This example illustrates that the required security measures must be well thought through, and that the security features of the RDBMS and of the BI tools must be well understood and cross-tested. Complete reliance on one comprehensive security package that has the capability to implement any and all types of security measures is not a security solution, because such a security package does not exist.
If you are installing purchased security packages – as you should, be sure to minimize the number of security packages you implement because one of two things may happen:
A number of organizations are avoiding this problem by adopting a single-sign-on scheme, which keeps the frustration level to a minimum but still allows tracking any security breaches, albeit in a less sophisticated way.
The goal of centralized security is “one entry point — one guard.” It is much easier to guard a single door than multiple doors. In a centralized environment, all security measures can be implemented in one location because all the data is in one place. However, keeping all the data in one central place is not always feasible, or desirable.
If data needs to be stored in a distributed fashion, implementing security measures becomes much more complicated. The steps involved are:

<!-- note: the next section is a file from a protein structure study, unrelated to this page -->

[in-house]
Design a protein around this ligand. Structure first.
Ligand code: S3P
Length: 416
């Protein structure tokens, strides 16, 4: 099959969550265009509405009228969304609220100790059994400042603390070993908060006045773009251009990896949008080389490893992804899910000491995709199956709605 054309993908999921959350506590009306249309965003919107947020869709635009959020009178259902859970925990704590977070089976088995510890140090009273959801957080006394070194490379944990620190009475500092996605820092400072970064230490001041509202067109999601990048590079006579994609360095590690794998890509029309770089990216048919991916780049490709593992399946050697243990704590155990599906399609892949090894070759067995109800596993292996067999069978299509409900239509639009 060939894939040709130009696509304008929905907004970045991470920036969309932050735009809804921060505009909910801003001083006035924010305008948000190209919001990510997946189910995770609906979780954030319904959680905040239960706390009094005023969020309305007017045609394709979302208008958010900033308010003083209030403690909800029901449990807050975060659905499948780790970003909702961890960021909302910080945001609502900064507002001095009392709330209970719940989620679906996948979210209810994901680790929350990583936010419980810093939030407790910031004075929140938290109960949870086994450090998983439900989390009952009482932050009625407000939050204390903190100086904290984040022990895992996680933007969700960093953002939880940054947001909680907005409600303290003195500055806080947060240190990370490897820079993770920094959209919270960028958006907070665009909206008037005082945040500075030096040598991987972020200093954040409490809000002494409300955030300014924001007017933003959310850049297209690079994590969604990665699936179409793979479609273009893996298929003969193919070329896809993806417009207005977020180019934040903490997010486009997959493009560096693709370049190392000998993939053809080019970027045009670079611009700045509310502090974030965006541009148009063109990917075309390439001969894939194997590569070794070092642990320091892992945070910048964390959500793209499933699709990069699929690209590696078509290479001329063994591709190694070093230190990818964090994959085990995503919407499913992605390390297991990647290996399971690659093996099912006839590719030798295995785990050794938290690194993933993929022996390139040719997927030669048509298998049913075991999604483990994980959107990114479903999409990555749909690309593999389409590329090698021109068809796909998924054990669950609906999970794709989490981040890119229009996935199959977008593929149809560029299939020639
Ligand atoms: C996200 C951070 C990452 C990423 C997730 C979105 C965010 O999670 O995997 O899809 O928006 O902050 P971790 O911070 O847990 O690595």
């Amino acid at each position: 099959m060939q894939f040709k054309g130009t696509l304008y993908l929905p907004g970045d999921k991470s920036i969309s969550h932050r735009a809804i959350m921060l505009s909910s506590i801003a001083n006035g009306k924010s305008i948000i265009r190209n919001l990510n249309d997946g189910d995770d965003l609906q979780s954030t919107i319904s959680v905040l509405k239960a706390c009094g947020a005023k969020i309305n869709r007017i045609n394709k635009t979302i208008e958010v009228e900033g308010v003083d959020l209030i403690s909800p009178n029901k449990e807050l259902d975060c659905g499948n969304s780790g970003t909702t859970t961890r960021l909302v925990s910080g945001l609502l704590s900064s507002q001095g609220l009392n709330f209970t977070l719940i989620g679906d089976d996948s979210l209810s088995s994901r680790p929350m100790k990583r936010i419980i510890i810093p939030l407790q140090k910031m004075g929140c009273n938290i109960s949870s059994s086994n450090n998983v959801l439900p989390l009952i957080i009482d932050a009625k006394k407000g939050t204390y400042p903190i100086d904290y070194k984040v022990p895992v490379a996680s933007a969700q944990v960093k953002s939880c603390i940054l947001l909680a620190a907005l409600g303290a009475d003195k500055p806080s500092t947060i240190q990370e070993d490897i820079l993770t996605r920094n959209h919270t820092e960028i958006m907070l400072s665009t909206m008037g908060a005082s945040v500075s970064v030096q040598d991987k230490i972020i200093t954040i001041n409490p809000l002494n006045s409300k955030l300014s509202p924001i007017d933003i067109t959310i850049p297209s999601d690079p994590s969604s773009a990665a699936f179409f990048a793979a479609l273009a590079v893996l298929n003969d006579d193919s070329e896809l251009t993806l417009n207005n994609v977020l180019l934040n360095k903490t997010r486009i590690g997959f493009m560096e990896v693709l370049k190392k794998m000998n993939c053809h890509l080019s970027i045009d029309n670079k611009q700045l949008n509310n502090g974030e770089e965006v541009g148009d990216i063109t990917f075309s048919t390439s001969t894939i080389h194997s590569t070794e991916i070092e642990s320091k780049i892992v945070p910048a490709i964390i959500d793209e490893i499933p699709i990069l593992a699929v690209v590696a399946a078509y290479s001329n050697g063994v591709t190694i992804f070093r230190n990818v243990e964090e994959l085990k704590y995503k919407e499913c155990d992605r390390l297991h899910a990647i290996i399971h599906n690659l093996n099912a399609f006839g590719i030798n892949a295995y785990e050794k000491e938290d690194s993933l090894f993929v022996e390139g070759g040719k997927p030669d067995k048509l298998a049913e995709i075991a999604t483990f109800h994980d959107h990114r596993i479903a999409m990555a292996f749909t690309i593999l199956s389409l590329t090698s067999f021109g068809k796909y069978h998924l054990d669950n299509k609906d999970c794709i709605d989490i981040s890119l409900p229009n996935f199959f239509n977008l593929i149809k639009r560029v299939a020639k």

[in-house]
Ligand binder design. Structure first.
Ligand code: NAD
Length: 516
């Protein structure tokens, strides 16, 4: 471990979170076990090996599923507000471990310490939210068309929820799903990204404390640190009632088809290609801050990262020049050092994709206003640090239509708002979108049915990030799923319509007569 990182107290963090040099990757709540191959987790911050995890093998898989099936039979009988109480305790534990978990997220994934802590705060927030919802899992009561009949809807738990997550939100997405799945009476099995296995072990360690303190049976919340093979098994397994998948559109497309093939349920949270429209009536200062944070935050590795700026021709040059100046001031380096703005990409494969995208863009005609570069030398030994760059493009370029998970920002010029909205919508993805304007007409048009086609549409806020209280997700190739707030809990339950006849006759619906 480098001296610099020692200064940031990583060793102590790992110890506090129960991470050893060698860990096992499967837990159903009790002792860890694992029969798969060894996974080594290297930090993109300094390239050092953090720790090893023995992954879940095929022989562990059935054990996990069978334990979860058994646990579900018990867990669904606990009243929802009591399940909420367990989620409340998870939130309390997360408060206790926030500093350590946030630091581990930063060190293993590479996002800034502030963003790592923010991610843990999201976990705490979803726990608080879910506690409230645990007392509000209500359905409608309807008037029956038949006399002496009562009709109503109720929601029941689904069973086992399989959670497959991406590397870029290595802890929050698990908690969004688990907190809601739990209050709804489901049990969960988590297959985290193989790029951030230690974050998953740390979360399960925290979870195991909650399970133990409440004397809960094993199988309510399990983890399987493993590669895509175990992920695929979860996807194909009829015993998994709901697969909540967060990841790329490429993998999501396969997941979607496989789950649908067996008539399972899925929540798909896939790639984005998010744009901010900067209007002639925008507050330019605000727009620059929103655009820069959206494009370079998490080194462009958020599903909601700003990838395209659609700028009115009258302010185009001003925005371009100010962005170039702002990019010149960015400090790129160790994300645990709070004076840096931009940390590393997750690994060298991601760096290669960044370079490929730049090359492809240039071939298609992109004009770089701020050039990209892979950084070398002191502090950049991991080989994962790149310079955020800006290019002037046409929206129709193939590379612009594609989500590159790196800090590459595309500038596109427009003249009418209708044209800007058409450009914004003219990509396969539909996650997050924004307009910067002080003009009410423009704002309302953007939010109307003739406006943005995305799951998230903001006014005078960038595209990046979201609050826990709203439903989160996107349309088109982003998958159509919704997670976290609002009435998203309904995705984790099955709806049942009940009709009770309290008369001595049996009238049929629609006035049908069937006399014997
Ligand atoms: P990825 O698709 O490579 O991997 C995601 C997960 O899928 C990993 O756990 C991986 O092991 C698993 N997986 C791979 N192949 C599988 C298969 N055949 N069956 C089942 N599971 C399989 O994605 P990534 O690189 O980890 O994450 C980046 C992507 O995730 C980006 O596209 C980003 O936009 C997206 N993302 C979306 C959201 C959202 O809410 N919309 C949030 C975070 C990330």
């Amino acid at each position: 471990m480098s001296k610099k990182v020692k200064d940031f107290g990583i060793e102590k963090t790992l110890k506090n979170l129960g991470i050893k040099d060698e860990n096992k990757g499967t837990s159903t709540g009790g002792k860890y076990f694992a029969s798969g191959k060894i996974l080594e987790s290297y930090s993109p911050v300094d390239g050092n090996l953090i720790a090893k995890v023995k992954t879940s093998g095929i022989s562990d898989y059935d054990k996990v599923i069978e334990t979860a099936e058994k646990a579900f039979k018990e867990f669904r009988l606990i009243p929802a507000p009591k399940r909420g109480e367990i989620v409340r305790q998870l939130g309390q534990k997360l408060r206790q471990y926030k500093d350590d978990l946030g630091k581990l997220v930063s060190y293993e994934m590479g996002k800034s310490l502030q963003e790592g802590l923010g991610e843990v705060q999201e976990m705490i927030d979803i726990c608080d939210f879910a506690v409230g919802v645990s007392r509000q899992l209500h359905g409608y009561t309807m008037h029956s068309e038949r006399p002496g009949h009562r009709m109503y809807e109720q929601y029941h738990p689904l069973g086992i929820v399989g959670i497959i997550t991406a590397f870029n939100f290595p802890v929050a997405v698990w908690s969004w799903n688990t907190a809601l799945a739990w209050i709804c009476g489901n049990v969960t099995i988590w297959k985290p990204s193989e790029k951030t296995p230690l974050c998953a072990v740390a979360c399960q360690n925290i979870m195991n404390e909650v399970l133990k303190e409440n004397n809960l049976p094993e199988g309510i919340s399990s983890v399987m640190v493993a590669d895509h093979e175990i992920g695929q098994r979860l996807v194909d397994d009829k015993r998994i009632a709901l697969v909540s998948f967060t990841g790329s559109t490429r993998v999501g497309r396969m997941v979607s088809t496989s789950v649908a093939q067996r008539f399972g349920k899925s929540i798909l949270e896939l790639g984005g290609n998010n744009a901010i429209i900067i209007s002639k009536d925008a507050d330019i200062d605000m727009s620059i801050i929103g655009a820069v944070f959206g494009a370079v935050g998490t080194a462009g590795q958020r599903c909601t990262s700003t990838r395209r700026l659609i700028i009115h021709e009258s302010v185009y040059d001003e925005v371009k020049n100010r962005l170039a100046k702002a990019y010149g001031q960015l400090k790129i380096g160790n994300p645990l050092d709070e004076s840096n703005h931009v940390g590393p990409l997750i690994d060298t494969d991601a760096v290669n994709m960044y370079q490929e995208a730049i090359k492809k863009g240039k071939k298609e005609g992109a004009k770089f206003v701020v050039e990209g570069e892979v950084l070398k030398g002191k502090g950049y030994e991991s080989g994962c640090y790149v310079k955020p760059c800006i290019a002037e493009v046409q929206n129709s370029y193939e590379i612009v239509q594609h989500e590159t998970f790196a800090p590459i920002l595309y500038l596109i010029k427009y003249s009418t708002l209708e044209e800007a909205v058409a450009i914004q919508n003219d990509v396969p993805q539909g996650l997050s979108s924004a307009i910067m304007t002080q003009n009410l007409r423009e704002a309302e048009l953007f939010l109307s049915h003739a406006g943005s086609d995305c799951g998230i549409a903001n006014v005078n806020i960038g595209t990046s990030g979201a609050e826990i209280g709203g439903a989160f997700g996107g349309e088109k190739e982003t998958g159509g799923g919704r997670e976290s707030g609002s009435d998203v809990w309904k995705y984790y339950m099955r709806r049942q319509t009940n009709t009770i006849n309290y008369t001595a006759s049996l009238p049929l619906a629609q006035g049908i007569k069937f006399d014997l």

The security gap analysis matrix will help to identify where security is still needed and what type of security is needed. Keep in mind that:
The Internet enables distribution of information worldwide, and the data warehouse provides easy access to organizational data. Combining these two capabilities appears to be a giant leap forward for engaging in e-commerce. However, consider the implications of combining these technologies carefully before you decide to take the risk of potentially exposing sensitive organizational data.
Many product vendors are enabling Web access to databases in general and some vendors to data warehouse databases in particular. This complicates the concern for:
If you opt to display the data over the Internet, spend extra time and money on authorization and authentication of internal staff and external customers. And if you are transmitting sensitive data to and from external customers, consider investing in encryption and decryption software.
The bottom line on security is that you need to define your security requirements early in order to have time to consider and weigh all factors.